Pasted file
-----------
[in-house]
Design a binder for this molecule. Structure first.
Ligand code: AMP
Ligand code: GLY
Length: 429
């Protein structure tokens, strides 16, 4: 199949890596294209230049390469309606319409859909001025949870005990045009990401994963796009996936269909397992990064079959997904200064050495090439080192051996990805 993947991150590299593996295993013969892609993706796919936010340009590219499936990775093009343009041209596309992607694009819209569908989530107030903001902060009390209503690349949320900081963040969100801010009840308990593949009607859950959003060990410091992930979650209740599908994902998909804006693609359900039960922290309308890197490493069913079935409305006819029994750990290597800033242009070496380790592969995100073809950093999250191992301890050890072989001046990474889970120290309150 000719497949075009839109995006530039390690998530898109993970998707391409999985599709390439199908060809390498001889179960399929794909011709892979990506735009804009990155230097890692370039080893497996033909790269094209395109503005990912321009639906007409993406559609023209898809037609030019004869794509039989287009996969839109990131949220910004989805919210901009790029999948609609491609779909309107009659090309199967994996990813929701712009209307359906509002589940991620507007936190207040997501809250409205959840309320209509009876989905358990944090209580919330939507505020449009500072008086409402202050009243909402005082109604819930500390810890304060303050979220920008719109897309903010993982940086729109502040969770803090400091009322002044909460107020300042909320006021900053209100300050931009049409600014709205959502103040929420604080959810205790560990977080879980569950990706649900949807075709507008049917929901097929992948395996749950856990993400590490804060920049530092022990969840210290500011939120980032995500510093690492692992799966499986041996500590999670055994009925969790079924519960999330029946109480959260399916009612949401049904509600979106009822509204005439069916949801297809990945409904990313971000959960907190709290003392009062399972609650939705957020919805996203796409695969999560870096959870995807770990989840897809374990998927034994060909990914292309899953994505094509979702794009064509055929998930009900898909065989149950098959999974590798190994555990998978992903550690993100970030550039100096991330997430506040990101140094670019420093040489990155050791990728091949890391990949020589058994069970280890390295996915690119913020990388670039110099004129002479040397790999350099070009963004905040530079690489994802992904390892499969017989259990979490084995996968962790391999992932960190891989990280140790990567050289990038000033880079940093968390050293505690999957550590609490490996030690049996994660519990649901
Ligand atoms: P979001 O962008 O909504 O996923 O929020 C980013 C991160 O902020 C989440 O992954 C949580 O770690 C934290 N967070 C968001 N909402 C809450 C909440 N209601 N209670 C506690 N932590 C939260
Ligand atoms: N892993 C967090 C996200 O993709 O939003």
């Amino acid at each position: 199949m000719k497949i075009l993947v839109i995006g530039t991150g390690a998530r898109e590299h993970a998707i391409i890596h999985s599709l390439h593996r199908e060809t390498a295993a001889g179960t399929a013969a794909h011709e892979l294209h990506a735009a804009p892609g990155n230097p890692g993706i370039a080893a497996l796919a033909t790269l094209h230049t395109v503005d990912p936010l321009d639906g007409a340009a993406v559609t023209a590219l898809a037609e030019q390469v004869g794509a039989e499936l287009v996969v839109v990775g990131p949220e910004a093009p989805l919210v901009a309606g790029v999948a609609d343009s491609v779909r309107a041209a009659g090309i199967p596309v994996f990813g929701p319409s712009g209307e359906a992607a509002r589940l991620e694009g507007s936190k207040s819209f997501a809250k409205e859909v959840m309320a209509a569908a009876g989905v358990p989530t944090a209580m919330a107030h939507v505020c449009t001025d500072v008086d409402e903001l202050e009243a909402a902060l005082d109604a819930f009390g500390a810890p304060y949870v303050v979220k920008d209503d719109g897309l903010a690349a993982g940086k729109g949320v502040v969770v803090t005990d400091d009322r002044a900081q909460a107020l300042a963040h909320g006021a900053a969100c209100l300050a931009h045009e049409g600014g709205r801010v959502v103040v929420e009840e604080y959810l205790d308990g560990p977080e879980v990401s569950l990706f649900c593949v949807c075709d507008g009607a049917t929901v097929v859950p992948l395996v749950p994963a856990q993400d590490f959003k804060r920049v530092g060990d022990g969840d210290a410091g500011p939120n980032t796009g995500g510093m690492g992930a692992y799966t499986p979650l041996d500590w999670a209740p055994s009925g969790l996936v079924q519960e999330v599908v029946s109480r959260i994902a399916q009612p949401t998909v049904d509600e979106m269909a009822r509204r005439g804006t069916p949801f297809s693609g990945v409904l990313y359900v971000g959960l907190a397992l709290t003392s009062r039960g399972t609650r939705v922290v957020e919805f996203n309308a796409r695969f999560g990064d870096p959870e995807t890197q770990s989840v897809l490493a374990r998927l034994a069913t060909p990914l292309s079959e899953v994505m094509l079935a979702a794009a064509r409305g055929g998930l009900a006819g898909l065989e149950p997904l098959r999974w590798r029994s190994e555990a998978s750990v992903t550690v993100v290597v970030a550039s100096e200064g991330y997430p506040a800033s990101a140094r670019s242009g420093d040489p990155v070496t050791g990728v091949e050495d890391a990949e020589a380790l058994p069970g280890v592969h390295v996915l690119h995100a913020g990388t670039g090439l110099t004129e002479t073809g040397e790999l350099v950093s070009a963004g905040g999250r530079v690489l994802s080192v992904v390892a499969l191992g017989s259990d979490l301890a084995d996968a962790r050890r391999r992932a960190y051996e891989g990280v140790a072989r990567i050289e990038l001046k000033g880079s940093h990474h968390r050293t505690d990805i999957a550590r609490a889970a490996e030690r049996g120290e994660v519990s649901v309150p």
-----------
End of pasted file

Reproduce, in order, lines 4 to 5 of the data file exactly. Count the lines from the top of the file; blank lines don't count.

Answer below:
Ligand code: GLY
Length: 429